“Caracas – murder capital of the world!” trumpet the uncomforting headlines. According to the Daily Mail we would be two times safer in Baghdad than we are here (whatever that means). Unsurprisingly, these statistics do not tell the whole truth. The majority of murders in Caracas are committed by the poorest on the poorest and although attacks on foreign nationals gain all the headlines, violent crime, it seems, never strays far from its roots.
That said, the airport is a little hairy and when we arrive at the hotel we are warned to stay within the security compound because ‘there is literally no safe part of town’. Nevertheless, leaving aside the justifiable paranoia and the tabloid bellowing there is a truly beautiful country here.
My travelling companion and I are in Venezuela for two weeks of trekking in the remote Gran Sabana and navigating the Akkanan river in a dugout canoe. It is an adventure of heroic proportions and already our excitement is building. From our hotel window we can see the Avila hills towering over northern Caracas, wreathed in woolly cloud. Humid forest smells hang in the air and painted brick housing explodes in pastel hues across the palm covered hillsides.
First order of the day on arriving at the hotel is to change some money. Venezuelan Bolivars are not available outside the country and all transactions must be done here at the official bank rate of 6 Bolivars to the $ or, if you prefer, at the black market rate of 750 Bolivars to the $. Unsurprisingly there is not much of a queue for the official currency exchange desk.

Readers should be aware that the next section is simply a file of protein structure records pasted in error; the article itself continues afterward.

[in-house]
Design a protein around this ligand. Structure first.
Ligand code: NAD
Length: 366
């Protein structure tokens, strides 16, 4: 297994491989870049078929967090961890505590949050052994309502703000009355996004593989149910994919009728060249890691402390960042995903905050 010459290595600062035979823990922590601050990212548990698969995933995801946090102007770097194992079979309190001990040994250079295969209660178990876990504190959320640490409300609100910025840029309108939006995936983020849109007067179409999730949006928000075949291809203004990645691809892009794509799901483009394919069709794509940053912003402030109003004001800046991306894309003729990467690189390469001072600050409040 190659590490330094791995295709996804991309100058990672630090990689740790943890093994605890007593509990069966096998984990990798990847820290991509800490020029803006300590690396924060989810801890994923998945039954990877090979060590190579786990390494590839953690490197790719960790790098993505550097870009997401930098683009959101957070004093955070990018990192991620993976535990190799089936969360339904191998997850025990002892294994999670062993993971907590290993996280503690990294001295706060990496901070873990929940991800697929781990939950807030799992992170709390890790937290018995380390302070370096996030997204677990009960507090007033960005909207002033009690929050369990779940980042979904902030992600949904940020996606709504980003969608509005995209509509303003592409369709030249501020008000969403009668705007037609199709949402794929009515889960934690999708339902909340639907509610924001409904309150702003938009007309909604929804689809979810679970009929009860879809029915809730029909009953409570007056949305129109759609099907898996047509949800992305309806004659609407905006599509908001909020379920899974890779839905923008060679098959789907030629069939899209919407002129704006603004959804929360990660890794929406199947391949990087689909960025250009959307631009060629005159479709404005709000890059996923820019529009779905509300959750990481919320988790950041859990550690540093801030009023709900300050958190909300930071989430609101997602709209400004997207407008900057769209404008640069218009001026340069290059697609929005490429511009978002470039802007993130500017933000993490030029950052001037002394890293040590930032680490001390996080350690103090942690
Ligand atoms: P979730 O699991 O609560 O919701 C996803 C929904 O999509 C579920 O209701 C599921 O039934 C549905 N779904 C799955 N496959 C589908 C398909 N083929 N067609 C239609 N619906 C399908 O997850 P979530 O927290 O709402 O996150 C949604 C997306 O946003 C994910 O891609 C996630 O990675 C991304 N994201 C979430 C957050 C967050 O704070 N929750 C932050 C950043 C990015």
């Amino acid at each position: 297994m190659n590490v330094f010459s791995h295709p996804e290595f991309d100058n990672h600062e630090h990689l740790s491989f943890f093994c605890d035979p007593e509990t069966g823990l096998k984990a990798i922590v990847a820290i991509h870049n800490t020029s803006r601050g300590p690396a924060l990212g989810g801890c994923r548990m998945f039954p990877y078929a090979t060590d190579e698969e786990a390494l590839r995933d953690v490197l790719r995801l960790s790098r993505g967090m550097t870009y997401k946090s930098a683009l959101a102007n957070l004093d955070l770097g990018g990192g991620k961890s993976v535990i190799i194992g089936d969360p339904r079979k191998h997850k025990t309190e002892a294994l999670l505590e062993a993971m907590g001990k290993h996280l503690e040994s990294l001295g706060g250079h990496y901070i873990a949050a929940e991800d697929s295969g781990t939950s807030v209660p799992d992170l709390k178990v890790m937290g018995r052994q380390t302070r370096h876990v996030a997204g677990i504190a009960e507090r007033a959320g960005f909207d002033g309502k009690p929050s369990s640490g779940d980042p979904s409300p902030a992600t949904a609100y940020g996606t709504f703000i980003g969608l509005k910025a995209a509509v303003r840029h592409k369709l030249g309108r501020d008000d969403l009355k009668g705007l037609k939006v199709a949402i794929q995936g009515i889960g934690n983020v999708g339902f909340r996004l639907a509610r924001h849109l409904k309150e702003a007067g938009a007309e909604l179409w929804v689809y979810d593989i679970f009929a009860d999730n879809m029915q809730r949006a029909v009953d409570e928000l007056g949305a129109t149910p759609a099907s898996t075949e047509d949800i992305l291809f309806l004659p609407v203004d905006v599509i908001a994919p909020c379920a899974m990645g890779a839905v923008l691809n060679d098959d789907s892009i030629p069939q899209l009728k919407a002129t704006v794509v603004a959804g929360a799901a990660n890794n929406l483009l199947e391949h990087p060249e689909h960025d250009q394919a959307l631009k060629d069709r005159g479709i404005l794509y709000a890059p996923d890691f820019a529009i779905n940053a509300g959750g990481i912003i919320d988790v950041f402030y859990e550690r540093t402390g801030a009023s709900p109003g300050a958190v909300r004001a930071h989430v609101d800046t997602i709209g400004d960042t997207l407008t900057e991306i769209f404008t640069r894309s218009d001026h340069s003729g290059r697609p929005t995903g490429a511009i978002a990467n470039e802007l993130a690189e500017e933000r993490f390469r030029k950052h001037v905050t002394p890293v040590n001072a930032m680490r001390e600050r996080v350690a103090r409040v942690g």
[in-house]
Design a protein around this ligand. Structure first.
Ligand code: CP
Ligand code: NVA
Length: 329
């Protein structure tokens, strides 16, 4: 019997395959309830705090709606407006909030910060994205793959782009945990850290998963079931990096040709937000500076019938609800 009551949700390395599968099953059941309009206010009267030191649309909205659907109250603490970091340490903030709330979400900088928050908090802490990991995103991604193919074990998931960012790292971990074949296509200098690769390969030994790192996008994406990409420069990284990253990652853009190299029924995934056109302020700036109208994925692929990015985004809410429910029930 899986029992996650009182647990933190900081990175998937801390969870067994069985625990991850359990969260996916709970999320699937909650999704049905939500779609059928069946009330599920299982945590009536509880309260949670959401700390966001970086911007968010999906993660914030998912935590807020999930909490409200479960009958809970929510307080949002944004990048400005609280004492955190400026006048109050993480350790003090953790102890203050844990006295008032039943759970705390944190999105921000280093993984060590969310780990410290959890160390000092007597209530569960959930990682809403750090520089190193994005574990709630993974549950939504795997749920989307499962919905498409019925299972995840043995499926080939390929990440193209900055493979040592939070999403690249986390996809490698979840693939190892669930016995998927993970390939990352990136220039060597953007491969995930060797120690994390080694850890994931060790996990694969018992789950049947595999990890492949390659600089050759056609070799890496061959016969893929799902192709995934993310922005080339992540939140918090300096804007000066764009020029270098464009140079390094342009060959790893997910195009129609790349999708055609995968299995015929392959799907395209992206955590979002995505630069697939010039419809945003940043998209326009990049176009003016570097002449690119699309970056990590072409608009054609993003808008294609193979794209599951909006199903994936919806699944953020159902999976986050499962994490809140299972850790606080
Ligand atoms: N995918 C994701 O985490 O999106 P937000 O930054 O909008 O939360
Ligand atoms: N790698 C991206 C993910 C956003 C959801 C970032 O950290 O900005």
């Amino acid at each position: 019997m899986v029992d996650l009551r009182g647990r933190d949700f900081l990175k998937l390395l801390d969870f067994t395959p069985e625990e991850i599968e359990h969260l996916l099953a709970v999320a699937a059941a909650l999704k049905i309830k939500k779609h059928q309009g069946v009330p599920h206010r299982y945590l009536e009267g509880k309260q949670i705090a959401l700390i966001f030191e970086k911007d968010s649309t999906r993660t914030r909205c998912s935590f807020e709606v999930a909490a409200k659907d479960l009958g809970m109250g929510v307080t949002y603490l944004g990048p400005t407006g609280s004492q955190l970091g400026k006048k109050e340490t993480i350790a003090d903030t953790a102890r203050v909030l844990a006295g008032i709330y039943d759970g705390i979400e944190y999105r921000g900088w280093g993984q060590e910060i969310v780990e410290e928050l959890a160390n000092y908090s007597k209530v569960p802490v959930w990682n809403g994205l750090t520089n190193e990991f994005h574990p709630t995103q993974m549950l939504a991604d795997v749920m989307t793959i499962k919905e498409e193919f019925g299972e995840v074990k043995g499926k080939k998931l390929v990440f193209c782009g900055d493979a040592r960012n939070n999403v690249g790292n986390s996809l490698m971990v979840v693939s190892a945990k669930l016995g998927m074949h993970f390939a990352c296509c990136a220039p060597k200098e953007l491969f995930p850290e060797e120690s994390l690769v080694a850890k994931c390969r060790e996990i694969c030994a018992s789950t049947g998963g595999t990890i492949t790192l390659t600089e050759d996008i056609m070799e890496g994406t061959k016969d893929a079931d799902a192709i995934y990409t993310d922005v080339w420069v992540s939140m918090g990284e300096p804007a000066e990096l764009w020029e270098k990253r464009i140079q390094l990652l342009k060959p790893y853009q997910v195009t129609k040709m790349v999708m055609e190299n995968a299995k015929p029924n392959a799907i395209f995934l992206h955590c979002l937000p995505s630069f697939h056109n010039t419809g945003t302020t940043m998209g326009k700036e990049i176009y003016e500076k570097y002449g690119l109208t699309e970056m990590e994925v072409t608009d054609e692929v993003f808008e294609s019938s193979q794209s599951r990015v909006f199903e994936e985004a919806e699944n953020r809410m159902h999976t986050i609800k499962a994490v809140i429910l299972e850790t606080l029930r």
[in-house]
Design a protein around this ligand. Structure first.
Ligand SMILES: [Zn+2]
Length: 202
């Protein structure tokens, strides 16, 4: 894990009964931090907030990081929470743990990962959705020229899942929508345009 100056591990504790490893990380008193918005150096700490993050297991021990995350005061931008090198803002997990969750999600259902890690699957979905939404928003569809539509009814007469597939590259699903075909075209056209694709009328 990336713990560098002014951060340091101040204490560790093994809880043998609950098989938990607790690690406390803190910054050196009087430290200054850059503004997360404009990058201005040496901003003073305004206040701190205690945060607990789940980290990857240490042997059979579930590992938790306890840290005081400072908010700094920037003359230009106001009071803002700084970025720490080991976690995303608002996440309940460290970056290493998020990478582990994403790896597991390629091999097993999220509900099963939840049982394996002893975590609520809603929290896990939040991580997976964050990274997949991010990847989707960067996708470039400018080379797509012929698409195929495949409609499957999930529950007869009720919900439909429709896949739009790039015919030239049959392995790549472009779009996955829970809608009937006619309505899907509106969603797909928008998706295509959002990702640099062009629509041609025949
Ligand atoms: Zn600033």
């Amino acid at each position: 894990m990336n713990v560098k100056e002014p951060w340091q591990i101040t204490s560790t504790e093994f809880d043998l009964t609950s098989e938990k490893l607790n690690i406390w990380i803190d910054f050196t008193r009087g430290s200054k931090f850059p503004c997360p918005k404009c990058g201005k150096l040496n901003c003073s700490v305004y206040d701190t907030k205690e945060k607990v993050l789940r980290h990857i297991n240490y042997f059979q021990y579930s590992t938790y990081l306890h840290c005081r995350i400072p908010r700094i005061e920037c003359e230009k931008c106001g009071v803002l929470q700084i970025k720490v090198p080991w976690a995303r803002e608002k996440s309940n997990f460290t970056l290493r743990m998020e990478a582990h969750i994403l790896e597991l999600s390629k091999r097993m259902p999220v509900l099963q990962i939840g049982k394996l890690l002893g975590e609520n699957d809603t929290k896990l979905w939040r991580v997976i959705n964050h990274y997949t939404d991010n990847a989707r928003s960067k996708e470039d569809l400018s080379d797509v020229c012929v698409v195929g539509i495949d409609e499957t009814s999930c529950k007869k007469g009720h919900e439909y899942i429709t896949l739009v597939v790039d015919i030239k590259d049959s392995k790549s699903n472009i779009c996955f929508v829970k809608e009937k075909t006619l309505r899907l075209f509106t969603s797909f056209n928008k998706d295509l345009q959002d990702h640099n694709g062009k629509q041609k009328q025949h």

The money changer is a nervous character which is understandable when you consider that the cash in his briefcase is around 10 times the national average salary and that this is a place where you can be shot for your sunglasses. “Would you mind shutting the door,” is his first request; “Yup, absolutely – shutting the door – no problem whatsoever there.”
We will need around $240 worth of local currency which is roughly 180,000 Bolivars. Despite rampant inflation of around 800% (figures correct at time of going to press) the government refuses to print any denominations larger than a 100 Bolivar note. Accordingly, in exchange for our $240 dollars we receive a stack of notes a foot high.
Stuffing the money into our rucksacks we return to our room and spread the stack guiltily on the bed. The room looks like a scene from ‘Breaking Bad’ or that part of a heist movie where the gang is counting the money moments before someone sprays the room with automatic gunfire.
The large wads of cash take some getting used to – a couple of decent burgers and a coke required a wadge of over 150 bank notes to pay for it. “Don’t take more than two stacks of bills out with you at any one time,” advises our guide in a slightly surreal exchange.
Money matters aside, the little we have seen of the country so far confirms that it is quite beautiful and the obvious enthusiasm of our hosts leaves us excited and anxious for the adventure to begin. We will leave, we are told, at 7.00am tomorrow morning. This is slightly later than planned as our guides will first need to pick up money to pay for porters and provisions along the way. They will both need to go because the sack of cash we will take with us weighs over half a hundredweight.
Welcome to Venezuela.